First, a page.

Want to Create a Good UI Design? Here are 3 Classic Rules

User interface is like a double edged sword.

If you implement it well, you can use it to your best advantage in growing your business. Executing it incorrectly, however, can mean a lot of glitches in your online system. So how do you know if you have a good UI design? Just do a quick observation. If the visitors don’t even take the time to notice it, you’re fairly on the right track. If, on the other hand, they’re sending you feedback, you can bet it’s almost always negative – and you definitely need to do something about it soonest or you’ll end up sabotaging your own company’s potential to interact positively with customers.      

Whatever product or service you’re offering, you need an online platform. That means that creating an excellent user interface is not just a nice-to-have option in your site; it’s absolutely critical. And while the overall feel and design of your UI will depend on your specific industry or field, there are still fundamental UI design principles that will hold you in good stead no matter what your line of business is. The principles are based on the classics: from the 10 Usability Heuristics for User Interface Design by Jakob Nielsen, to the Principles of Interaction Design by Bruce Tognazzini, and, of course, The Eight Golden Rules of Interface Design by Ben Shneiderman.     

These fundamental design rules generally work in any interactive system. So whether you’re developing something for a traditional GUI (for example: website and mobile app) or non-GUI environment (like a voice-based system), they’re going to be applicable. Below are three of them.

  1.    Put the users in charge of your interface.          

If you want to build an effective interface – and of course you do – you have to allow your users to be in control. Doing so will let them easily learn their way around your platform, whatever it is, and they’ll be comfortable in the process.    

For instance, it totally makes sense to have actions easily reversible. It’s important to note that the user should be able to backtrack whatever they’re doing. Let’s put it this way: when you’re trying to explore a new product, doesn’t it help to know that you can easily undo whatever you did? The same goes for just about anybody navigating their way around something new. Make it easy to explore unfamiliar options and features. If the user has to tiptoe their way around your platform for fear they’d click a wrong button, that’s a red alert that you’re doing it wrong.

Your interface should also be easy to navigate. Even if you’re in B2B and you’re offering a full range of features, users should never feel intimidated or uncomfortable to press a button. It will certainly help if you give users a context of where they are, what they’ve just accomplished, and what they can expect from there.  

  1.    Make it easy for the users to have product interaction.        

Make this your motto in UI design: if it doesn’t help, it’s only a distraction – and an unnecessary one at that. Anything irrelevant takes up additional space that can better serve those items that are really needed. So simplify your design and check to make sure your visuals and content do help users perform their tasks better, faster, and easier.    

No need to ask twice. If the users have already entered a data once, there’s no need to keep asking them about it. It’s a tedious task that most people hate – and you can be sure users are no exception. Your app should be able to perform the most amount of work with the minimum amount of user information needed. That’s the benchmark you need to aim at.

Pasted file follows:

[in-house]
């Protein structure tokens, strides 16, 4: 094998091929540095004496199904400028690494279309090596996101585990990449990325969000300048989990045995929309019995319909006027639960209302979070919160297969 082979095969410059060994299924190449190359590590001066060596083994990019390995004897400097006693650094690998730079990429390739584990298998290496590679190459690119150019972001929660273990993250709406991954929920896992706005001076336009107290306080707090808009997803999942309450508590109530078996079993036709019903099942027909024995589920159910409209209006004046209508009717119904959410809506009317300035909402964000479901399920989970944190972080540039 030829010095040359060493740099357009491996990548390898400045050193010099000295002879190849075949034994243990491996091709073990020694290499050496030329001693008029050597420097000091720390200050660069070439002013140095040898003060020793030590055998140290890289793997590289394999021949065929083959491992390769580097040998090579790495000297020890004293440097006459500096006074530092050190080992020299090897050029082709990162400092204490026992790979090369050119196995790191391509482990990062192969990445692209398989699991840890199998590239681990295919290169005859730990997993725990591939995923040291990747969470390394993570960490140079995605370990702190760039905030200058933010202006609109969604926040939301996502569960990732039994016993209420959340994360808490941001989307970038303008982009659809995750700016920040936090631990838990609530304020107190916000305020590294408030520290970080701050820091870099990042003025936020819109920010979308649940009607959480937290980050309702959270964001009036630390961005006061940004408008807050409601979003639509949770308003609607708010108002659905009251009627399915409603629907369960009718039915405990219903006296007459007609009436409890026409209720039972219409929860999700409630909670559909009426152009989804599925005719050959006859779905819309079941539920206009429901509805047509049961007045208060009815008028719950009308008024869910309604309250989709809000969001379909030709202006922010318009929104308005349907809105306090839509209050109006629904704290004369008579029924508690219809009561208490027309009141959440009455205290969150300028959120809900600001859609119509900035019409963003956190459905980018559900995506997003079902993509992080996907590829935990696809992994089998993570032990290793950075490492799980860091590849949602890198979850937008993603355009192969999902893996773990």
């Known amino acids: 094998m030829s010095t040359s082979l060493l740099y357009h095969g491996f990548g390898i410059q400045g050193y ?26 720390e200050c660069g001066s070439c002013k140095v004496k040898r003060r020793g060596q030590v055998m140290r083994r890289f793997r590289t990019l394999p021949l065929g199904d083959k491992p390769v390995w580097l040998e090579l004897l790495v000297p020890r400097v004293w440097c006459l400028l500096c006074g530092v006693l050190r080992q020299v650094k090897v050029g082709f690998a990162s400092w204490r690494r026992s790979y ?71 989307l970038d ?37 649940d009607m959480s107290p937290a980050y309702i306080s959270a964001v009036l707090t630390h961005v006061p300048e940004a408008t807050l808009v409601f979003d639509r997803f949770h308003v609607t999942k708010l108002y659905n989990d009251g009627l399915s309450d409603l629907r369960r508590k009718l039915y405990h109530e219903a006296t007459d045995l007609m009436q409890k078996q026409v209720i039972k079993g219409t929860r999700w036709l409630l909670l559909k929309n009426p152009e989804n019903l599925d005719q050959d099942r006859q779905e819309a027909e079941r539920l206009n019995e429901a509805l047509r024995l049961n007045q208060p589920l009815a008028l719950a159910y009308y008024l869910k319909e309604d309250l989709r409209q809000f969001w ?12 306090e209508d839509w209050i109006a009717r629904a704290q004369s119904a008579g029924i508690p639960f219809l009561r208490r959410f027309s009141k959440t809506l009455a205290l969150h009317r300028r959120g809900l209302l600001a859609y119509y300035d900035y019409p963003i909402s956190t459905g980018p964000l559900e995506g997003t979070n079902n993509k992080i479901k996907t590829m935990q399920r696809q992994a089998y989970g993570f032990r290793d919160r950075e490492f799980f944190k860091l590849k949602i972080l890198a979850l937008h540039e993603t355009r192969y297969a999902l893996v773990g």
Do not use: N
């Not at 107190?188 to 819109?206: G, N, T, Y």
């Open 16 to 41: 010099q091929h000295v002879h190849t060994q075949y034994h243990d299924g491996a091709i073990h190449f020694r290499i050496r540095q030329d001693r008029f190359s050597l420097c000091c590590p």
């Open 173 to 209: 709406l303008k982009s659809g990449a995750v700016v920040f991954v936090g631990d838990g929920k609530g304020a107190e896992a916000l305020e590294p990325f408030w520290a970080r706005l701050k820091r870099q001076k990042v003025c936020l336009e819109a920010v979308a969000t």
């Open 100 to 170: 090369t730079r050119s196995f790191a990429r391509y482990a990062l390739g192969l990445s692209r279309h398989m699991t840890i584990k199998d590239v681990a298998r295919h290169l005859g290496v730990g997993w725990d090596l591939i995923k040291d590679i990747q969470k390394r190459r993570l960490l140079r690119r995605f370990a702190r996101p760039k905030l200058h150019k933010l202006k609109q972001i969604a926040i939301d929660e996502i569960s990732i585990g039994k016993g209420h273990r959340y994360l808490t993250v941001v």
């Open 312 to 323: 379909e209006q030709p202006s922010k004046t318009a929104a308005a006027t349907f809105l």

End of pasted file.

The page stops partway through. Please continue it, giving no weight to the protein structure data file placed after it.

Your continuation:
A good user interface design also avoids jargons and other technical terms. It may sound fancy and sophisticated, but it doesn’t help. Your language should be easily understandable – whether or not the user is familiar with your industry or not. To work around this, use everyday words and concepts that are common.

It’s your duty in designing the UI to make sure the user’s work is protected at all times. This means you need to ensure that they never lose their work for whatever reason – whether the internet got disconnected; they made an error on their part; there was a power outage; or the system had a glitch. There’s nothing more annoying for users than having to start all over again after they’ve already done considerable work on something.  

  1.    Avoid letting the users think too much.       

The point of putting in the effort to make your UI design efficient is to let the users easily work their way around your product. If they have to think too much just to execute a transaction or try out a feature, you’re defeating your own purpose.  For example, in keying in something as simple as phone numbers, it helps to break it into smaller pieces or have spaces between them; it’s very common not to discover errors in a cluster of more than 10 digits.

When doing your UI design, you also need to reduce the number of actions needed in order perform a task. In this regard, it helps to consider the three-click rule: the user must be able to accomplish his goal in just three clicks; anything more than that can already be quite tiresome.

Another thing that’s helpful to remember is this: recognition is better than recall. That’s because it takes less brain work to recognize something than have to try to remember it. On that note, you need to make your UI’s features very visible and easily recognizable.  

The bottom line for a good UI design is pretty straight-forward: it should be clear, simple, and easy to navigate. That’s about it. Follow the fundamental design principles to guide you in helping create wonderful experiences for your users.

What UI design principle do you follow? Or what do you think you can implement next in your business? Let us know in the comments.